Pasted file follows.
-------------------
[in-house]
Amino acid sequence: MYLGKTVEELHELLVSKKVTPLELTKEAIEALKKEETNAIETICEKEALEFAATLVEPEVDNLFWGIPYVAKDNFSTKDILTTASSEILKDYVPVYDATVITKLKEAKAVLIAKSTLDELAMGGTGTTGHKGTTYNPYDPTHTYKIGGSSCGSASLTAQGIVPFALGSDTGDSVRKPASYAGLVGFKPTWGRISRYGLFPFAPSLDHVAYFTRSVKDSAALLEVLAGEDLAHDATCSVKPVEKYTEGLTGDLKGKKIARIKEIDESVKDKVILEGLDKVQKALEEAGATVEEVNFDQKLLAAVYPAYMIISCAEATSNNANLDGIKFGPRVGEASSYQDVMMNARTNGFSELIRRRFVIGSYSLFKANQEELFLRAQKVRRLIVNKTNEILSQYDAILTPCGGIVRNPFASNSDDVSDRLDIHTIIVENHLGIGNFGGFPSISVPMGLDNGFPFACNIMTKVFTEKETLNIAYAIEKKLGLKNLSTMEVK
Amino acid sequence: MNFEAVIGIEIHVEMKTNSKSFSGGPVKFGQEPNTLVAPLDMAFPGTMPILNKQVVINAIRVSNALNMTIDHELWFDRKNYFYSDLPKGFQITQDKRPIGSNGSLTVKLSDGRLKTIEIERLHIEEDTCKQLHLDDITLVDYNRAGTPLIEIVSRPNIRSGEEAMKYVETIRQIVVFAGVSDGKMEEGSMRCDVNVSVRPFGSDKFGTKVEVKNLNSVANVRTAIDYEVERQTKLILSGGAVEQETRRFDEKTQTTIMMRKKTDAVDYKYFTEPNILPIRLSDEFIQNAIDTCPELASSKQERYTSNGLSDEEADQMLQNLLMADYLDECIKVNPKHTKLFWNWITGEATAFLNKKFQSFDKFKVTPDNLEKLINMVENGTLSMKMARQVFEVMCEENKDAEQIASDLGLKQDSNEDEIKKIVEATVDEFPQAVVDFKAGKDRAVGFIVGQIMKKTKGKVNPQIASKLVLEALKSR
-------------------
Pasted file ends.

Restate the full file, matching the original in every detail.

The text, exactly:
[in-house]
Amino acid sequence: MYLGKTVEELHELLVSKKVTPLELTKEAIEALKKEETNAIETICEKEALEFAATLVEPEVDNLFWGIPYVAKDNFSTKDILTTASSEILKDYVPVYDATVITKLKEAKAVLIAKSTLDELAMGGTGTTGHKGTTYNPYDPTHTYKIGGSSCGSASLTAQGIVPFALGSDTGDSVRKPASYAGLVGFKPTWGRISRYGLFPFAPSLDHVAYFTRSVKDSAALLEVLAGEDLAHDATCSVKPVEKYTEGLTGDLKGKKIARIKEIDESVKDKVILEGLDKVQKALEEAGATVEEVNFDQKLLAAVYPAYMIISCAEATSNNANLDGIKFGPRVGEASSYQDVMMNARTNGFSELIRRRFVIGSYSLFKANQEELFLRAQKVRRLIVNKTNEILSQYDAILTPCGGIVRNPFASNSDDVSDRLDIHTIIVENHLGIGNFGGFPSISVPMGLDNGFPFACNIMTKVFTEKETLNIAYAIEKKLGLKNLSTMEVK
Amino acid sequence: MNFEAVIGIEIHVEMKTNSKSFSGGPVKFGQEPNTLVAPLDMAFPGTMPILNKQVVINAIRVSNALNMTIDHELWFDRKNYFYSDLPKGFQITQDKRPIGSNGSLTVKLSDGRLKTIEIERLHIEEDTCKQLHLDDITLVDYNRAGTPLIEIVSRPNIRSGEEAMKYVETIRQIVVFAGVSDGKMEEGSMRCDVNVSVRPFGSDKFGTKVEVKNLNSVANVRTAIDYEVERQTKLILSGGAVEQETRRFDEKTQTTIMMRKKTDAVDYKYFTEPNILPIRLSDEFIQNAIDTCPELASSKQERYTSNGLSDEEADQMLQNLLMADYLDECIKVNPKHTKLFWNWITGEATAFLNKKFQSFDKFKVTPDNLEKLINMVENGTLSMKMARQVFEVMCEENKDAEQIASDLGLKQDSNEDEIKKIVEATVDEFPQAVVDFKAGKDRAVGFIVGQIMKKTKGKVNPQIASKLVLEALKSR